Author(s): Mehta MC, Jain AC, Billie M
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Abstract Alcohol and tobacco consumption are correlated. Smokers consume more alcohol than do nonsmokers, and alcohol consumers smoke more than do teetotalers. The independent effects of alcohol and nicotine on the cardiovascular system are well documented, but combined effects of short-term administration are unknown. This experimental work was designed to study the effects due to short-term administration of alcohol and nicotine on cardiovascular system. In phase I, 30 experiments were performed to study the dose-response curve of both the drugs. In phases II and III, 15 dogs were subjected to 30 experiments. In phase II, ethanol, 400 mg/kg, was given i.v., followed by nicotine 50 microg/kg, i.v., and in phase III, sequence of drug administration was reversed to study the effects on hemodynamics and coronary artery blood flow. The dose-response curve established the i.v. dose of ethanol, 400 mg/kg, and nicotine, 50 microg/kg. Ethanol administration caused a nonsignificant increase in heart rate (HR), mean arterial pressure (MAP), left ventricular systolic pressure (LVS), and left ventricular mechanical work (LVMW), and a decrease in maximal rate of increase of LV pressure per second (dP/dt), stroke volume (SV), and systemic vascular resistance (SVR). Left ventricular end-diastolic pressure (LVEDP), pulmonary artery mean pressure (PAM), right atrial pressure (RAP), pulmonary vascular resistance (PVR), myocardial oxygen consumption (MVO2), and average peak velocity of coronary blood flow (APV) had mild significant increases as compared with controls. Nicotine significantly increased heart rate, mean arterial pressures, LVEDP, and pulmonary artery, pulmonary capillary wedge, and right atrial pressures. Nicotine increased dP/dt (2,062-3,188; p < 0.006) and decreased APV (9 to 8; p < 0.03). Combined ethanol followed by nicotine had synergistic increase in HR, SD, MAP, LVS, LVEDP, pulmonary pressures, CO, SV, dP/dt (2,184 > 5,206; p < 0.005), MVO2, and LVMW. However, the excitatory effects of nicotine were attenuated when ethanol was administered after nicotine (dP/dt, reduced from 2,058 to 1,653; p < 0.04, and APV increased from 10 to 12; p < 0.02). We conclude that ethanol increased APV but had nonsignificant effects on the hemodynamics, whereas nicotine reduced the APV and had significant excitatory responses. In combination (i.v.), ethanol + nicotine produced significant synergistic excitatory effects. On the other hand, the nicotine + ethanol combination increased APV and caused attenuation of the excitatory effects of nicotine in dogs.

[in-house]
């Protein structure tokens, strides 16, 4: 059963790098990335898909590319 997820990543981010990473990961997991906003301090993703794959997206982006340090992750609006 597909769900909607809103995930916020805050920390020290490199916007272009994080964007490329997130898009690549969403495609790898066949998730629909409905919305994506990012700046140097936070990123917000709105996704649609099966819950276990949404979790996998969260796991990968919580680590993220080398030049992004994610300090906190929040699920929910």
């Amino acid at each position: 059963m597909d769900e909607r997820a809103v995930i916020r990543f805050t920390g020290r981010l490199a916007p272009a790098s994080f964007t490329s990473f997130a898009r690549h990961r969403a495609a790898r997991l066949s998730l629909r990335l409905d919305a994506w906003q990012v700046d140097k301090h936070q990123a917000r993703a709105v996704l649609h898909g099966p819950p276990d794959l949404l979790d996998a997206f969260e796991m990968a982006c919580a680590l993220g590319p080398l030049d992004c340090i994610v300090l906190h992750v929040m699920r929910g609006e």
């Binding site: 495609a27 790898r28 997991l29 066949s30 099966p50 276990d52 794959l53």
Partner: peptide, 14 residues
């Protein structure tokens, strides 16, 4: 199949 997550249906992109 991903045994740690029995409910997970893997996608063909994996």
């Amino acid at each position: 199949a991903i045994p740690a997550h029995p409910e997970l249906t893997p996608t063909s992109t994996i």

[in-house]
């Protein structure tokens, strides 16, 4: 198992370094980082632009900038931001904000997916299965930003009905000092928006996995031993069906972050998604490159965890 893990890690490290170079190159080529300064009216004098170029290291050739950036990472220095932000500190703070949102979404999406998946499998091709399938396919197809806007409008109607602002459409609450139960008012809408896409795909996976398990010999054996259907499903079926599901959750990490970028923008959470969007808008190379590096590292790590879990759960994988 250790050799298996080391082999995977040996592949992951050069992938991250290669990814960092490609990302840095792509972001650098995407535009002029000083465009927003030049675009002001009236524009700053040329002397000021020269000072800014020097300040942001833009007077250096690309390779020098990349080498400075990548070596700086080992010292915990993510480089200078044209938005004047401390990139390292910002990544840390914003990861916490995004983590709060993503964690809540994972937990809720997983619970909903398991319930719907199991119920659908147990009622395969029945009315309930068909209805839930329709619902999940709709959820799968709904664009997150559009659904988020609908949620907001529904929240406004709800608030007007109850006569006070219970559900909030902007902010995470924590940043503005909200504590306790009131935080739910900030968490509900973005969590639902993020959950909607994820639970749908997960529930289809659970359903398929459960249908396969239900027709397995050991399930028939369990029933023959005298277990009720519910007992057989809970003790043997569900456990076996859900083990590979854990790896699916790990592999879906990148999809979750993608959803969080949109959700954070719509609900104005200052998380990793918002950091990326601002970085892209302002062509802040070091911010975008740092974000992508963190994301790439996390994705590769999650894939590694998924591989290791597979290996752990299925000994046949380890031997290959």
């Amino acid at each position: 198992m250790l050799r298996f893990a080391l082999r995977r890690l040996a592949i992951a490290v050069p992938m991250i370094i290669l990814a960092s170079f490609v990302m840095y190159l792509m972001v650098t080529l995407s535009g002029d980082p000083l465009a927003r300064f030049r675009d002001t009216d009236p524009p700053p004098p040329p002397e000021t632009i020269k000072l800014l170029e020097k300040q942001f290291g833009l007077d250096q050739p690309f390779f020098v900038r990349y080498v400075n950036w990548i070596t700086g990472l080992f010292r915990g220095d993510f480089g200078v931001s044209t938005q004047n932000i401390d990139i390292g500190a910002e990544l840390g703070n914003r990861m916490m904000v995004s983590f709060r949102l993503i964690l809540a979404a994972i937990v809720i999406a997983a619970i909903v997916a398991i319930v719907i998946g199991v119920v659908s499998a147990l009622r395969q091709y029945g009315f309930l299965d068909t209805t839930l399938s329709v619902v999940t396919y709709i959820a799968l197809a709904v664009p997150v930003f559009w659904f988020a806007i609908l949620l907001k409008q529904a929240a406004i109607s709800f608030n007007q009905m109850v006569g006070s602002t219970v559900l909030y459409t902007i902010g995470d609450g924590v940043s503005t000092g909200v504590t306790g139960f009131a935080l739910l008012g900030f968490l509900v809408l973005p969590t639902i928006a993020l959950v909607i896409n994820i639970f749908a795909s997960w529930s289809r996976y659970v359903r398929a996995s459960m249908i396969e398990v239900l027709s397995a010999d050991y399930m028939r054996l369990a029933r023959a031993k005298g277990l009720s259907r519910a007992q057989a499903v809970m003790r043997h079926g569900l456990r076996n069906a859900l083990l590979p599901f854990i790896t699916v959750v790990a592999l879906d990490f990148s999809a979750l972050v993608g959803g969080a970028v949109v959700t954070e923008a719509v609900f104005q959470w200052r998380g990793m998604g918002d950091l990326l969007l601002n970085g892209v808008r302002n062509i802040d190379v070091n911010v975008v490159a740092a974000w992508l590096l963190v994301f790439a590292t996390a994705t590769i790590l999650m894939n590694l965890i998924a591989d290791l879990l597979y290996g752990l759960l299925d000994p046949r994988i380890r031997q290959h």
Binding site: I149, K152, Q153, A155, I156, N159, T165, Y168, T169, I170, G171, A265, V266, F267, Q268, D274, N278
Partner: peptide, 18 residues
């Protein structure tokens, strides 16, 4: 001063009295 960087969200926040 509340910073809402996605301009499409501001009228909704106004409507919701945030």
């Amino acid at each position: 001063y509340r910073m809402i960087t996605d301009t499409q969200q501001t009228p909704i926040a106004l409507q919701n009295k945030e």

This article was published in J Cardiovasc Pharmacol
and referenced in Journal of Addiction Research & Therapy